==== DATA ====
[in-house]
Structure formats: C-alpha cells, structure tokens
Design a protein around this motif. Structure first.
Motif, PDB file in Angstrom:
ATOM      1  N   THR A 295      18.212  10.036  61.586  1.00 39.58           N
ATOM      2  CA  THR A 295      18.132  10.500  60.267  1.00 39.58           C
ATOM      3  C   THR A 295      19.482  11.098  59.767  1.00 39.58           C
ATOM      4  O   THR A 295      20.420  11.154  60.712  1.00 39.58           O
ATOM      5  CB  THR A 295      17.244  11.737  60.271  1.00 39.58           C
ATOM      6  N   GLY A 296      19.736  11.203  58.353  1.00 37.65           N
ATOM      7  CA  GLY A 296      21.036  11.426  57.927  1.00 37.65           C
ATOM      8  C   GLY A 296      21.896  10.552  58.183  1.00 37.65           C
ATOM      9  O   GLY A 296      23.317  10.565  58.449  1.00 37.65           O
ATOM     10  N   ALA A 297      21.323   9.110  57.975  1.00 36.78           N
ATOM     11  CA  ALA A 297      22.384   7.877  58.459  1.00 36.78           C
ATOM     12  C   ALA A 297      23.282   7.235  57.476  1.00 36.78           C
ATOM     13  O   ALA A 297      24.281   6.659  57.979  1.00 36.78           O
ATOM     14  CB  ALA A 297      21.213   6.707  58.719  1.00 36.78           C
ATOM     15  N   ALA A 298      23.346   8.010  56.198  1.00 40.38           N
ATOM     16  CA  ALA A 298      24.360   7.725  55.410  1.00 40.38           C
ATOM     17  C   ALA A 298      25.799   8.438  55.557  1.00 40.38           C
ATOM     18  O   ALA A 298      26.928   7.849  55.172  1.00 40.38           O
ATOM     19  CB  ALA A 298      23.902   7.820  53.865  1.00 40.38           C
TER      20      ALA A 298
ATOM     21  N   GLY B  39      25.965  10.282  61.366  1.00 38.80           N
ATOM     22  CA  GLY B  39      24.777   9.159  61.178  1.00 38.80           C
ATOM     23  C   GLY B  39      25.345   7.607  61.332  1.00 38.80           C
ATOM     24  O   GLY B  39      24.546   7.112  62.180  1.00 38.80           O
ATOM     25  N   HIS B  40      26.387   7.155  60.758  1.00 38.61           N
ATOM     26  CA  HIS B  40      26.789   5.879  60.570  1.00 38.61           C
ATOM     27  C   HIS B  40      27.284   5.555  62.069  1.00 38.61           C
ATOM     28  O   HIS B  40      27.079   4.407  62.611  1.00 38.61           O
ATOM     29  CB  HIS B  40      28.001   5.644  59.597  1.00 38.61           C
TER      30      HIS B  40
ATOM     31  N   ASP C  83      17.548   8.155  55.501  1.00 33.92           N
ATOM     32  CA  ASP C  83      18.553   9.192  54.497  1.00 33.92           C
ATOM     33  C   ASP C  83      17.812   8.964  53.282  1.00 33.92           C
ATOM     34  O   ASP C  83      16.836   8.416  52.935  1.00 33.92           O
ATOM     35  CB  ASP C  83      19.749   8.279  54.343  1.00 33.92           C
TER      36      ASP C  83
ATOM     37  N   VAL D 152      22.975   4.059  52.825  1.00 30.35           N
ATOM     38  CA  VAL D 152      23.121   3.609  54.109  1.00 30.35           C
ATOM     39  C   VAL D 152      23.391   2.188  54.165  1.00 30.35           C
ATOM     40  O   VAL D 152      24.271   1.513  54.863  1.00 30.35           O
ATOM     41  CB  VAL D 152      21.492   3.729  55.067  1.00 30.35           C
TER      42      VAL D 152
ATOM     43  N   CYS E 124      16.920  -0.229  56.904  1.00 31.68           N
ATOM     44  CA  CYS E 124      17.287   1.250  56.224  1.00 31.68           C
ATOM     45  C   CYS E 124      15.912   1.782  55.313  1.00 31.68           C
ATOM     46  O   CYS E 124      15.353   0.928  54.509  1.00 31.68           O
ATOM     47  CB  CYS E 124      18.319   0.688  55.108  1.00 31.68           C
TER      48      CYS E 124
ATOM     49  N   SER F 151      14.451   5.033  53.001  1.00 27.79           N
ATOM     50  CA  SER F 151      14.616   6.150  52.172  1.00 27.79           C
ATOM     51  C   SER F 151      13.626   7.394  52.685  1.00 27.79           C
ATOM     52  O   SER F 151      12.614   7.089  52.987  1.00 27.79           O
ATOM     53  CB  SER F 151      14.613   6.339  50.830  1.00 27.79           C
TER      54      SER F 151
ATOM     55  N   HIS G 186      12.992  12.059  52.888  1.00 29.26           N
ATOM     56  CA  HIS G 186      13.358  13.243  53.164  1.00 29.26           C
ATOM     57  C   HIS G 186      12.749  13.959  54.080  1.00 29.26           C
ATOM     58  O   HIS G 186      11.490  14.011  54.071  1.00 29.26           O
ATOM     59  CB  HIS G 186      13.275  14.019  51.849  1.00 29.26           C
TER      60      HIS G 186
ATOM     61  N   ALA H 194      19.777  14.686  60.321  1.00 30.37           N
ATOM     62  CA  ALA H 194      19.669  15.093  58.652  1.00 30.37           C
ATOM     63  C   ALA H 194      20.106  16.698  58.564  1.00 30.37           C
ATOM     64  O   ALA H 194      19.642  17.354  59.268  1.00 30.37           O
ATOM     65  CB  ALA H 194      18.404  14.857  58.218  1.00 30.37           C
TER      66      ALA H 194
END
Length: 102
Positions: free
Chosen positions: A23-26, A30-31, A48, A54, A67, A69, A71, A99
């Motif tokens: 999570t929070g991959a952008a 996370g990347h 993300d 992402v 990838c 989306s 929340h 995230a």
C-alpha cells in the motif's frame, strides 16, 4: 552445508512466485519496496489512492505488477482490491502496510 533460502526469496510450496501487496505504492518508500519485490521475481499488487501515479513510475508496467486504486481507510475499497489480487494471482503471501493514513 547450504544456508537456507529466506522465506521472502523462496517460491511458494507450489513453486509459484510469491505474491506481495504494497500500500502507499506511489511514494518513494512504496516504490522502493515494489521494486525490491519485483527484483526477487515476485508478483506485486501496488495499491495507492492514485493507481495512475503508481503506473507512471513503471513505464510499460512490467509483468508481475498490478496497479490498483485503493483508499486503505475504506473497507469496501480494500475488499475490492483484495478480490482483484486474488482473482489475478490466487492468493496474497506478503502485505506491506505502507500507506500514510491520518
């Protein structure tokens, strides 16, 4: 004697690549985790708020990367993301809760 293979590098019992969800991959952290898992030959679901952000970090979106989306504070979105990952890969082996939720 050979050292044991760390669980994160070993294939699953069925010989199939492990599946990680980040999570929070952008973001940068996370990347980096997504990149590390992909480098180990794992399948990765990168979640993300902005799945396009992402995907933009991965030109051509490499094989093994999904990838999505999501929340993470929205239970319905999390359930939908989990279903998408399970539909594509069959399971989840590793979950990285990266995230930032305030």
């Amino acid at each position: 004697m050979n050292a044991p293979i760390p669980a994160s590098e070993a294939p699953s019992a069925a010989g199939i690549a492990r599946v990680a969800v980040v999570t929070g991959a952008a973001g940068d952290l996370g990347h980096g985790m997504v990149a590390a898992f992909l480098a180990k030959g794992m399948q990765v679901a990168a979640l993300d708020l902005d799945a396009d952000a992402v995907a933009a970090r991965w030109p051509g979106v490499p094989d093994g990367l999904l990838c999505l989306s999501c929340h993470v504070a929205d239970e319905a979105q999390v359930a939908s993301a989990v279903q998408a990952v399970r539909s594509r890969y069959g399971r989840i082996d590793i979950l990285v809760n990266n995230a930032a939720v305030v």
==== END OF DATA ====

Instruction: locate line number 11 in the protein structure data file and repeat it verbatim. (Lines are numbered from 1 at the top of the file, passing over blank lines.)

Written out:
ATOM      7  CA  GLY A 296      21.036  11.426  57.927  1.00 37.65           C